With most of the oil producing parts of Syria under ISIS control, they’ve long had a virtual monopoly on fuel supplies within the country. In the past, that’s meant rival factions, both rebel and government, have had to import fuel from ISIS territory. Some are finding that’s no longer an option.
With the latest round of fighting between ISIS and other northern rebel factions around Aleppo, ISIS has begun limiting exports, apparently aimed at stalling their rivals’ offensives by denying them the fuel to run their respective war machines.
As is always the case, the real losers in all of this are the civilians in those areas, as the fuel shortages are not just keeping al-Qaeda and others from gassing up, they are preventing aid trucks from refueling in those areas and also limiting the access to fuel for generators at medical centers in those areas.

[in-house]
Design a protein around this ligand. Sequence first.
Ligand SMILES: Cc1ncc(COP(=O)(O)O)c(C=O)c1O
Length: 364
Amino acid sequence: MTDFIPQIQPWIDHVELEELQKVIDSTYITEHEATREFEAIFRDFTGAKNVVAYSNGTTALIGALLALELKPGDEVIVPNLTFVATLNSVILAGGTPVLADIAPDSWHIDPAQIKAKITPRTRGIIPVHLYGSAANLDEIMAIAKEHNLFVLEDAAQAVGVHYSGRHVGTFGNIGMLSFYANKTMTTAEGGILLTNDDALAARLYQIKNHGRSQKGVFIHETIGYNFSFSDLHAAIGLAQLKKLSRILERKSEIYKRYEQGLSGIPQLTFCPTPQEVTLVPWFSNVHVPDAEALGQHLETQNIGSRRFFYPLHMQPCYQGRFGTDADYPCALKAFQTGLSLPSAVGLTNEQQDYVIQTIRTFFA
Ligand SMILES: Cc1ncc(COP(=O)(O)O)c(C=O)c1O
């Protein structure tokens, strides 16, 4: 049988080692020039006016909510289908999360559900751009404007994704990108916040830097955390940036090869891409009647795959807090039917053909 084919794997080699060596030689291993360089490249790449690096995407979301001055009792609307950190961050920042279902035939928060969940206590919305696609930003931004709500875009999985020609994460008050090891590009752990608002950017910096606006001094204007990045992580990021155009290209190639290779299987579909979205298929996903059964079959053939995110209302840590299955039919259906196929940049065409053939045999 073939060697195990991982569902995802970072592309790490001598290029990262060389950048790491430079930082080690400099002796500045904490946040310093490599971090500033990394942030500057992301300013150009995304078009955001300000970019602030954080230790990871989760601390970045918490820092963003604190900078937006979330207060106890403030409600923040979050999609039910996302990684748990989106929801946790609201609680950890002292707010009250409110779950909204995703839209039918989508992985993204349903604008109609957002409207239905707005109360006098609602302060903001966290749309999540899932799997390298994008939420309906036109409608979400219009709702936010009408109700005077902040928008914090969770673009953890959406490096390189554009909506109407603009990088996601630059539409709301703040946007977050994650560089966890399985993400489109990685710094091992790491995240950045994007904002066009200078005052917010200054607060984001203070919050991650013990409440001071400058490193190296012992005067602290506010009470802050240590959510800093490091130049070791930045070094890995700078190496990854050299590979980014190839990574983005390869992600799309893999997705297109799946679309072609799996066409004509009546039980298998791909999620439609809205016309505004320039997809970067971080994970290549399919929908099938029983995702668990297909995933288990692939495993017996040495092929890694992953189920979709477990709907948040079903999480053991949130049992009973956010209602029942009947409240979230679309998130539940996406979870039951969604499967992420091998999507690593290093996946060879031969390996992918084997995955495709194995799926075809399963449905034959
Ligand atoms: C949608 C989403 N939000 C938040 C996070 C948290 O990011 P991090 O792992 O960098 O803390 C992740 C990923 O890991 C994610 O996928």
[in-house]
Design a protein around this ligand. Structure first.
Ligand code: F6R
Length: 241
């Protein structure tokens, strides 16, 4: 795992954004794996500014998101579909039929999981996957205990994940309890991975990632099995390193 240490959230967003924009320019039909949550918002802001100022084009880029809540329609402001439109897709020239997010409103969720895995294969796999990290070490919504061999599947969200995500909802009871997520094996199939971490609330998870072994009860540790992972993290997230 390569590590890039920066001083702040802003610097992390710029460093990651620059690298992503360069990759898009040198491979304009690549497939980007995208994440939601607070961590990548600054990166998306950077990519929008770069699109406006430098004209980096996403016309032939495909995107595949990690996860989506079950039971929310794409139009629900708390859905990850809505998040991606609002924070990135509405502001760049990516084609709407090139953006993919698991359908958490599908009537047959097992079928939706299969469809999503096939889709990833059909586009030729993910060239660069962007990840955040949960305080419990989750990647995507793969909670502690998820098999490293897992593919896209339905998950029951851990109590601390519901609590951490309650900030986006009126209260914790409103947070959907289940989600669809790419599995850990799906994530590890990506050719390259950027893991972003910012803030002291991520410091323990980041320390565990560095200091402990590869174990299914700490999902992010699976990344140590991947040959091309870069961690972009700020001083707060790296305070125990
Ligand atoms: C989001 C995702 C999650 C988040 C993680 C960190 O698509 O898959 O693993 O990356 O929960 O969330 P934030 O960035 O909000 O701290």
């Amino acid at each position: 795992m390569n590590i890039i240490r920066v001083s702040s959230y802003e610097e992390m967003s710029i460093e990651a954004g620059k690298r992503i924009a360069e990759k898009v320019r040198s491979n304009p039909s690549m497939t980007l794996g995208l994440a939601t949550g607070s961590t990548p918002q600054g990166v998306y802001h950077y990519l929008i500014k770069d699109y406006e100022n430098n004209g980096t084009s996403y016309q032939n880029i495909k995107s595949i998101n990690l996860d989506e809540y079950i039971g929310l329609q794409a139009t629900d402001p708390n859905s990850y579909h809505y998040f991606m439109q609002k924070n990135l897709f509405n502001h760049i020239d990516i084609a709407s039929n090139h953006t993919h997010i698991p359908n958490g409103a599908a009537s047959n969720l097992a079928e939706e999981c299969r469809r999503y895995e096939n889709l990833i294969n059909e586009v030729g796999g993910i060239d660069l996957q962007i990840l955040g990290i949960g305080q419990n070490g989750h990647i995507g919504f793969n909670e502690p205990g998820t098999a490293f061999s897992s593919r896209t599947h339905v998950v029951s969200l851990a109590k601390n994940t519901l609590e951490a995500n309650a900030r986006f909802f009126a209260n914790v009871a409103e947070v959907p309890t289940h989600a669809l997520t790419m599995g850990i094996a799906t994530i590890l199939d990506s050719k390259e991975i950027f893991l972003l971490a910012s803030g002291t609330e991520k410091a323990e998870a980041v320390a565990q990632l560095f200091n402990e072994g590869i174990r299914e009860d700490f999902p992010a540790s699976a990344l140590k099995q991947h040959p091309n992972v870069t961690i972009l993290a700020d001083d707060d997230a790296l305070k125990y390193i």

This tends to have a compounding effect, as weakening the rival rebels has sparked efforts by the Assad government to retake those areas, and the airstrikes involved are adding to civilian casualties, which the hospitals are less and less able to handle.
Aid groups are complaining this amounts to using fuel as a weapon, but that’s really been the case for all factions, all along. The oil producing regions are one of the few major economic bright spots in Syria, so they are naturally vital areas in the civil war.
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